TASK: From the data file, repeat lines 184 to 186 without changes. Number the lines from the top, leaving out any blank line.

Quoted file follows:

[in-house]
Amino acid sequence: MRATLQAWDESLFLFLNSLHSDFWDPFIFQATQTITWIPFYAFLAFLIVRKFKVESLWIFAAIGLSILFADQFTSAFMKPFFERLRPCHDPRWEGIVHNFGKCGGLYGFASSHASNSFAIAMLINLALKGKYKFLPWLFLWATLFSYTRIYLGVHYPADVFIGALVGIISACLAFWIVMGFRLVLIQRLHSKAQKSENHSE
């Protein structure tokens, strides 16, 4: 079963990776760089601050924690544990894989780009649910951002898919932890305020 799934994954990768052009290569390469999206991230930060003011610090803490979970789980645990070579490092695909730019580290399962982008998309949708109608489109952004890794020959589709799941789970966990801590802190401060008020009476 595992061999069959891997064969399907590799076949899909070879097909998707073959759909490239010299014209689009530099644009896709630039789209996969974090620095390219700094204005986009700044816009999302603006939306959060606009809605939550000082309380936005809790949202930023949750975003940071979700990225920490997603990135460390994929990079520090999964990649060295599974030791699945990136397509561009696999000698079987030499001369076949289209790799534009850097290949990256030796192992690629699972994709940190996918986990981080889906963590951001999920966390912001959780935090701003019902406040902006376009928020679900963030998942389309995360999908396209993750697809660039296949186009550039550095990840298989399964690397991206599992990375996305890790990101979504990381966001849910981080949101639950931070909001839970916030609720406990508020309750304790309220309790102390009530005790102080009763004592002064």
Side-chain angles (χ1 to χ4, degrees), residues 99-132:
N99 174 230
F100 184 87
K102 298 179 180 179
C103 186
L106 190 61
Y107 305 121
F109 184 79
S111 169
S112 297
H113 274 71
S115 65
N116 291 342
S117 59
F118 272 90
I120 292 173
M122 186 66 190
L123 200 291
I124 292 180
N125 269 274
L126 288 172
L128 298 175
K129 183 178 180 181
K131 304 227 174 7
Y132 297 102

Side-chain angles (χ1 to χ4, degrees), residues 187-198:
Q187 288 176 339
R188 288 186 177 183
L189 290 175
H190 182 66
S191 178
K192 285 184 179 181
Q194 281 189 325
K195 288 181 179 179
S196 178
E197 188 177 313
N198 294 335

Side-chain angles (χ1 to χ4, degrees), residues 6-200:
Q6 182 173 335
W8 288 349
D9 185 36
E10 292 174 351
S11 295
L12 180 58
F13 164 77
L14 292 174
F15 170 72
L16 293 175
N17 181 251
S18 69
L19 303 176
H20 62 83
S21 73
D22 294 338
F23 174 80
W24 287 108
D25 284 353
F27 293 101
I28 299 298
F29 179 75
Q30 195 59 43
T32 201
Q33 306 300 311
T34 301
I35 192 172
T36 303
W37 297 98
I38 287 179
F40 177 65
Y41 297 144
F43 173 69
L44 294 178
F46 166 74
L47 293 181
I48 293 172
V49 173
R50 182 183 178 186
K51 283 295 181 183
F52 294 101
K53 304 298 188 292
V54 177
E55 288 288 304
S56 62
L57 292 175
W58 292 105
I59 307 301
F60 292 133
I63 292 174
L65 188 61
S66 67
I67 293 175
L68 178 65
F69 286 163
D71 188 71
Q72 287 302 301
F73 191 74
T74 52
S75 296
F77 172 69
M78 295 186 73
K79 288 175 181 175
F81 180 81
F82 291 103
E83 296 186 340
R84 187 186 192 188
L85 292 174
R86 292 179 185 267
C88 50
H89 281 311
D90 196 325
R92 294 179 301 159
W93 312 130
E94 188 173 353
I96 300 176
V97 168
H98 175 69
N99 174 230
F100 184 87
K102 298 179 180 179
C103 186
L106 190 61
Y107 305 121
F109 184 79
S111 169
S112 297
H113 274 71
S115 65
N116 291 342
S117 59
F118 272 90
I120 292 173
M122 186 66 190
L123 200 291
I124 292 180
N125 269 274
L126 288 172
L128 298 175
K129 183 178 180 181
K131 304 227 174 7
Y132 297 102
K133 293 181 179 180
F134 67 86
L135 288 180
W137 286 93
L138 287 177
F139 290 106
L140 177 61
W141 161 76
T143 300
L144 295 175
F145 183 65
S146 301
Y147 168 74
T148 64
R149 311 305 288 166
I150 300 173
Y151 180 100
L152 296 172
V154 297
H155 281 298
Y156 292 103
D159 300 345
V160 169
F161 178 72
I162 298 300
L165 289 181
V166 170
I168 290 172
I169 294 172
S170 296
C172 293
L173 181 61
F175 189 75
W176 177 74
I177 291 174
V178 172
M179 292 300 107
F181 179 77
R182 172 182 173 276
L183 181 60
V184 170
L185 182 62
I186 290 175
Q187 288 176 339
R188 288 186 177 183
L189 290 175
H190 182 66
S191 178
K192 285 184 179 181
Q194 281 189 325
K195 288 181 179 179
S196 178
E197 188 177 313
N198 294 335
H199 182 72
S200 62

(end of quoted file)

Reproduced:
V184 170
L185 182 62
I186 290 175